Let's just get it out of the way from the jump: we're not talking about the viability of the Fast and the Furious franchise. As of writing this, the latest installment, The Fate of the Furious is outpacing Star Wars: The Force Awakens at the worldwide box office. In terms of making money, Fast and the Furious is in better shape than ever.
What we ARE talking about, in this case, is whether or not the Fast and the Furious franchise has run out of gas both narratively and creatively. It may seem like an absurd notion to many of the hardcore F&F fans out there, but for the franchise's critics (of which there are equally many), these movies jumped the shark long before Dom and his crew were using their speed racing skills to take down nuclear submarines.
The question at hand is: Has the Fast and the Furious Franchise Gone On Too Long?
It's not a mystery what critics of the Fast and the Furious franchise think - they pretty much shout it from the rooftops every time one of these films is released. In the minds of the haters, Fast and the Furious jumped the shark a long time ago.
Even if a critic or hater liked the first film, the general consensus is that subsequent sequels have gotten so increasingly absurd with their action quotient that by Fate of the Furious, the franchise is offering something more akin to superhero movies than a action movie about gear-head street racers with a penchant for crime.
...And there's definitely some truth to those claims.
The first four Fast and the Furious films stayed pretty grounded in realistic (enough) street racing action and crime drama; however, by the time that Dom's crew was using Dodge Chargers to steal bank vaults in Fast Five, we had crossed into a whole new level of F&F experience. Since then, the stunts and set pieces have only gotten ore (elaborate? Ridiculous?), including an airport runway that never ends (F&F6), cars parachuting from a plane (F&F7) and cars being used to guide missiles into submarines(F&F8).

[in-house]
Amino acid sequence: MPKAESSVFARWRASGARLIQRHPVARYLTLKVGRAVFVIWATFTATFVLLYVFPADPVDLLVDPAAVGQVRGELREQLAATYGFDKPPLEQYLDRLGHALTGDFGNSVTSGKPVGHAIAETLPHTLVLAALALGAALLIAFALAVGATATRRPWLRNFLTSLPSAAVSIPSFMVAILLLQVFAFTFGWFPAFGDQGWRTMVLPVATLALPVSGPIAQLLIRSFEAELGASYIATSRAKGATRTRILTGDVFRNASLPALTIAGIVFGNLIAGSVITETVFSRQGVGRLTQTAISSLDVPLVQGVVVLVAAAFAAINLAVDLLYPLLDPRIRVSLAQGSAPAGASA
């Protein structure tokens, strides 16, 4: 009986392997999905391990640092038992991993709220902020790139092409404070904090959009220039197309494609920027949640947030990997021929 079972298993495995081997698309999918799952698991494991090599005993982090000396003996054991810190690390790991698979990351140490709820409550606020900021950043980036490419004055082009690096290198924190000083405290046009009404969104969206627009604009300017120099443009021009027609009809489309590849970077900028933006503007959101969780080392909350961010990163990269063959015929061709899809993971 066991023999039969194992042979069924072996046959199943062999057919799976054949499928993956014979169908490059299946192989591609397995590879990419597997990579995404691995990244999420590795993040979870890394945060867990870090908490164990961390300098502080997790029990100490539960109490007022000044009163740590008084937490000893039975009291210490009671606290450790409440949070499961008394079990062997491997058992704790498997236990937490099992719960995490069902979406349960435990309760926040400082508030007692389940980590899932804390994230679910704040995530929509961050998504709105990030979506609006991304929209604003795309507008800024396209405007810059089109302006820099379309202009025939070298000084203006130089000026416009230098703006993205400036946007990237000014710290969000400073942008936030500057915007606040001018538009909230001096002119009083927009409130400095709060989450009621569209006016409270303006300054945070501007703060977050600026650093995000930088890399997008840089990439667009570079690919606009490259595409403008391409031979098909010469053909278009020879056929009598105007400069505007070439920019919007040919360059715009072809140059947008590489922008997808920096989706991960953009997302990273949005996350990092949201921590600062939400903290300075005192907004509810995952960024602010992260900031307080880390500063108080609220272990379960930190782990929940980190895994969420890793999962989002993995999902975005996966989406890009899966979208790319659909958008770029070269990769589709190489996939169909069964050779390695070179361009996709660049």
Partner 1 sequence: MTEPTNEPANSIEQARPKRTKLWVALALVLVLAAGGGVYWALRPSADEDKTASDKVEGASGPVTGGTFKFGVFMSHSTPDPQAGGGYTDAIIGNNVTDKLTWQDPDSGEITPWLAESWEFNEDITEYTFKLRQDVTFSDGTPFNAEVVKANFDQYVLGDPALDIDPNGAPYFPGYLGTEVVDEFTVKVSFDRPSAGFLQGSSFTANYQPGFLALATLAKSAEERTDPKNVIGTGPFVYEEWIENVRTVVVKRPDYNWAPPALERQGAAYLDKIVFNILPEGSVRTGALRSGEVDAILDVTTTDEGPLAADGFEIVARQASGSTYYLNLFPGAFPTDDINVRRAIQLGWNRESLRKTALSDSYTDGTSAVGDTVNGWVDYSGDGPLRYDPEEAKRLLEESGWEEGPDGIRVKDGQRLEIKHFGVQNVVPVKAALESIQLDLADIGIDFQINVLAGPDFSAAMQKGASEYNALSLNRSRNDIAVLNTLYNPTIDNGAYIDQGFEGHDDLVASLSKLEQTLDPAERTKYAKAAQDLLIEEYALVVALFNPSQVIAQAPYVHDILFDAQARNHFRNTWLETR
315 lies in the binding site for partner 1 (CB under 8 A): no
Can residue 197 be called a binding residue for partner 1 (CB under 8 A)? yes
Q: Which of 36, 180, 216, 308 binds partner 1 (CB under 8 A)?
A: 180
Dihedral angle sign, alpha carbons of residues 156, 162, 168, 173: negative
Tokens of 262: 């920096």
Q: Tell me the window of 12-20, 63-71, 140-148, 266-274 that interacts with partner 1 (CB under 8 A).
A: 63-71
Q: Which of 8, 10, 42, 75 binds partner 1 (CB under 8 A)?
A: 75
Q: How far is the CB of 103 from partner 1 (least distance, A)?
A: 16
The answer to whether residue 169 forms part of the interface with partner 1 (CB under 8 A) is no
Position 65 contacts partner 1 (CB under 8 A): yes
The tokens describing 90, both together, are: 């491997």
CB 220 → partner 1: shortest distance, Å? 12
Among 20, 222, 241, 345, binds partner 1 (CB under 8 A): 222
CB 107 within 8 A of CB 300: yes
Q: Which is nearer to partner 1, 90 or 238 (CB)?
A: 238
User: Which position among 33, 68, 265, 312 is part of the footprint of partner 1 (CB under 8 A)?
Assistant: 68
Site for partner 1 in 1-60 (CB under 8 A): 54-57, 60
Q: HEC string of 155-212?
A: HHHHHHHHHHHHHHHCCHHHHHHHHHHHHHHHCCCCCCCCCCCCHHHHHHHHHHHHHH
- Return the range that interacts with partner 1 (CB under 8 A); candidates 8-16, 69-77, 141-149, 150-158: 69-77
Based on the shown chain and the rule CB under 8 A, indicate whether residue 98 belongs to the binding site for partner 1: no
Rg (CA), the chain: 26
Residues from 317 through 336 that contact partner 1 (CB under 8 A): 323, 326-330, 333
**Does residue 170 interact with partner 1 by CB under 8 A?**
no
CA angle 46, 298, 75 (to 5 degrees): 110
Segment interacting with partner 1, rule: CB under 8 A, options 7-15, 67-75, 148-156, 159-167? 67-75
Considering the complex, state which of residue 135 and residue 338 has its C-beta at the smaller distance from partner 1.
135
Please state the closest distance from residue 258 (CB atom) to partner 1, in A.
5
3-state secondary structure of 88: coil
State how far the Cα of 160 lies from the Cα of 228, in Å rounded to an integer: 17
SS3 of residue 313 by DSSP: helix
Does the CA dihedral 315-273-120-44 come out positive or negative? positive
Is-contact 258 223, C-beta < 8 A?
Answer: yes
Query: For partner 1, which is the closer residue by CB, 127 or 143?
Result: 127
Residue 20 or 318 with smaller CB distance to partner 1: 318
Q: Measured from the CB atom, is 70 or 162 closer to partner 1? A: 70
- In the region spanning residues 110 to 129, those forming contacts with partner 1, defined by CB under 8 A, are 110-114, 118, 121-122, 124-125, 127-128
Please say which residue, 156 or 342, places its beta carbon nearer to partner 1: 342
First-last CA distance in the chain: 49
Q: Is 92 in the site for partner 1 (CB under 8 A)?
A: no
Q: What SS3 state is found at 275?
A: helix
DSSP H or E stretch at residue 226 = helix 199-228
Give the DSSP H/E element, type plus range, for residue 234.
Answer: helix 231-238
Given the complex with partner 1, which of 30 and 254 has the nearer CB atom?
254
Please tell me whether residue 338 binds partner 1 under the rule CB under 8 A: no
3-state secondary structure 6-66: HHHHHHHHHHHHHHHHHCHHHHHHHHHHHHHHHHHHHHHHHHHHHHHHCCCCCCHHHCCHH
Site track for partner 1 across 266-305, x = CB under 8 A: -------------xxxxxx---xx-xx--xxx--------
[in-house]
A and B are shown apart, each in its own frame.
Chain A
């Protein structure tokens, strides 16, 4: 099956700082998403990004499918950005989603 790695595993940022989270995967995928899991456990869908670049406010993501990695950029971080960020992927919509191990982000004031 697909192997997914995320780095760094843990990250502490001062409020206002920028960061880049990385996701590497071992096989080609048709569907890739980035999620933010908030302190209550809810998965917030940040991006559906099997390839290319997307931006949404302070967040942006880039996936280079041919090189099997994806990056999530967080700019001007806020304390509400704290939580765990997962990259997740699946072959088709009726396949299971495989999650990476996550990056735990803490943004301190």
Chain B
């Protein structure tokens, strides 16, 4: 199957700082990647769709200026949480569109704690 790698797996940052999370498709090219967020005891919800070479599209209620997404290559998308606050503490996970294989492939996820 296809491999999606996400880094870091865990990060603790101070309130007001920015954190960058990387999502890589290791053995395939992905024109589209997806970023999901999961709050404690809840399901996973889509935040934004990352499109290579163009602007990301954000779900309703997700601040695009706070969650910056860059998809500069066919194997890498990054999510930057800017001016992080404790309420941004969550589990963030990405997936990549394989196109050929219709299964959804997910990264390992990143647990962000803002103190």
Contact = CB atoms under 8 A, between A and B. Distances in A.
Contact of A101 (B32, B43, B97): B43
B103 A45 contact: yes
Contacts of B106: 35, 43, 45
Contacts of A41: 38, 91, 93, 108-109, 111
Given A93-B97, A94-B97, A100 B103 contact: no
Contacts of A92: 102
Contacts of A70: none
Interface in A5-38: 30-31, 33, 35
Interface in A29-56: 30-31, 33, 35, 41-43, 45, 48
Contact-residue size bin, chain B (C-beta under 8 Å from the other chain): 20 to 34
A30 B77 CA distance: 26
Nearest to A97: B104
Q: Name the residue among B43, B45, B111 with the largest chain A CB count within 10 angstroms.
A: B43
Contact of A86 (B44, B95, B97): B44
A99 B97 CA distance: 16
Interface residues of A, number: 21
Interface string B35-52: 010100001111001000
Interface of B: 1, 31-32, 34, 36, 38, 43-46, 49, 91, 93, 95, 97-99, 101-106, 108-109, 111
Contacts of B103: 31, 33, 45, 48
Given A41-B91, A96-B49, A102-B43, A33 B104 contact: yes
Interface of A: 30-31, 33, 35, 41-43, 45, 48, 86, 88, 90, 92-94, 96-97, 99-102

For those who are easily triggered about illogical or unrealistic action, these movies are (understandably) the new bane of their collective existence.
Fans of The Fast and the Furious franchise have an easy argument to make: All they have to say is "Look at the scoreboard."
The films have made progressively more money since being relaunched with Fast & Furious in 2009, with Furious 7 earning a billion and a half in worldwide box office returns. Some have argued that F&F7 had the unique boost of being the send off film for the late Paul Walker; however, with Fate of the Furious now outpacing even Star Wars: The Force Awakens in worldwide box office sales, it seems Walker's tragic departure won't stall the franchise in the least.
Some haters try to argue that big money does not determine a franchise's greatness (the 'Transformers Theorem'), however, those who support the franchise counter with the epic action (which consistently entertains, no matter how absurd), and in some ways, that's enough to get by.
Finally there's the diversity issue: part of why Fast and the Furious has struck such a big chord on a global level is because it was building a diverse cast of fun and interesting characters long before Marvel and DC and Star Wars all decided to follow suit. With that diversity comes an even wider fanbase - many of whom see F&F as one of the only (if not the only) major action franchises that caters to their respective cultures. The brand loyalty that creates is hard to break.